Too often, our research tells us, people are given a poor experience when they participate in research. Too often, we are guilty of ignoring participants in our research design and implementation processes, treating them a free and replaceable resource. If you take a moment to think about ir, you will realize that the experience someone gets when participating in research is largely unchanged since market research became an industry. Sure, some of the techniques and tools have changed, but fundamentally the experience is the same, particularly in the survey world.
Is UX on your Radar?
But the world people live in has changed dramatically over the same period. Even if we narrow our focus to online surveys and to the 21st century, too often an online survey today looks and feels very much as it did in the year 2000. As an industry overall, we have not taken advantage of the advances in technology to change the research participant experience. Simply put, UX has not been on our radar. How many research agencies have UX experts working for them on survey design? How many researchers are trained in UX principles and exposed to UX best practices? In a world where we compete with the likes of Facebook, Instragram, Youtube for people’s time, we would argue that we need to offer not only a good, but actually a great experience, if we want a broad representation of people to willingly participate in research in 2020 and beyond.
Shifting investment upstream
Our industry puts a huge investment into post fieldwork data cleaning activities in order to ensure data quality to clients. Whilst we all want quality data, perhaps we are going out about this the wrong way? Perhaps we are becoming guilty of too much polishing? For example, we have heard of cases where up to 80% of survey respondents are thrown out of data-sets because of data quality fears! At this point you have to a) wonder at the sources they are using,  b) wonder at the severity of the algorithms they are deploying and  c) wonder at the poor experience they are giving people? Is it really the fault of the participant for straight-lining on a huge grid at minute 35 in a survey they are taking on their mobile, or answering ‘who cares’ to an open-end at minute 40, or being caught be a trick question at minute 45? Are we not hugely biasing the data, making it worse rather than better by giving people poor experiences and then undertaking these extreme data cleaning practices? What if the money which is invested in data cleaning were to be invested in creating great user experiences in the first place, what would happen? We believe that in the short term at least the same level of data quality would be achieved, but that over time that quality would actually increase, as would speed, as we see a significant increase in response and completion rates. Pie in the sky? Our experience tells us not… We know that deploying GRBN’s participant experience best practices deliver greater user experiences, leading to the increased response rates and higher data quality. The companies participating in the ENGAGE MR coaching program have been able to benefit from these best practices, so get in touch if you would like to too?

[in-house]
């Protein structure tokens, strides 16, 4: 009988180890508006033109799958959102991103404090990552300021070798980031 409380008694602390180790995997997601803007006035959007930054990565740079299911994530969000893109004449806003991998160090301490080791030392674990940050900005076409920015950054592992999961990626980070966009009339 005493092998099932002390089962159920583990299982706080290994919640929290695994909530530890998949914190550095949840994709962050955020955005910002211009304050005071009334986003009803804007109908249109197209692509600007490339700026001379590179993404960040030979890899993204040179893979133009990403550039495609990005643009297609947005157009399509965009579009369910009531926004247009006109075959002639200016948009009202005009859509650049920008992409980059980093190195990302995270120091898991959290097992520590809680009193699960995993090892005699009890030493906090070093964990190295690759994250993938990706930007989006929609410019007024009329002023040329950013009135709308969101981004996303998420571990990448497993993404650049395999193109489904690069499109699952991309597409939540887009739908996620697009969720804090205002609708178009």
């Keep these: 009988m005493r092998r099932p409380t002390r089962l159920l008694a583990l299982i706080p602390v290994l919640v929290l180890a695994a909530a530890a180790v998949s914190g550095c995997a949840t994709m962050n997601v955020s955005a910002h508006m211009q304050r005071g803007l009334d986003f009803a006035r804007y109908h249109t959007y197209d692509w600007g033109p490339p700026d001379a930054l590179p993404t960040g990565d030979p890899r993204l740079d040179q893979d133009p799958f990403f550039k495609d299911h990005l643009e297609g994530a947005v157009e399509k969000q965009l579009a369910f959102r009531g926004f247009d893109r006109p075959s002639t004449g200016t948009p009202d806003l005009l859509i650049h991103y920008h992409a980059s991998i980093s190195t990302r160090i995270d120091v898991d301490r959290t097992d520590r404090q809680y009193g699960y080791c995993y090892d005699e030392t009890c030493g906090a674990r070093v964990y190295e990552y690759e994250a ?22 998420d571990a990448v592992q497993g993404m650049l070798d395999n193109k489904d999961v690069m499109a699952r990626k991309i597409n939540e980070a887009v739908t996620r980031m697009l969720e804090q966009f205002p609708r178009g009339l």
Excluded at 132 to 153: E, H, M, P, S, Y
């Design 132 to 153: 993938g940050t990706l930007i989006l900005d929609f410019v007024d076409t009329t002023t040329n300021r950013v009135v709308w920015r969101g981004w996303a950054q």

New research-on-research to get underway
We will be filling version 2.0 of the ENGAGE Handbook with practical tips from experts at our partner companies, as well as from the extensive knowledge base we have already built up on how to deliver great user experiences. Together with our partners, over the next few months, we will however be undertaking new research-on-research to add to our collective well of knowledge, and we will also be including the learnings from this research into the new ENGAGE Handbook. Please get in touch if you wish to be a part of this research.
Thanking our partners
We would like to reiterate our huge thanks our partners. Without their deep commitment to participant engagement, we would not be able to undertake this important work which everyone in our sector can benefit from. If would also like to contribute to this effort, please get in touch. Partnership packages are available for as little as US$1500. Research participants and end clients alike will thank you for your contribution to participant engagement and data quality.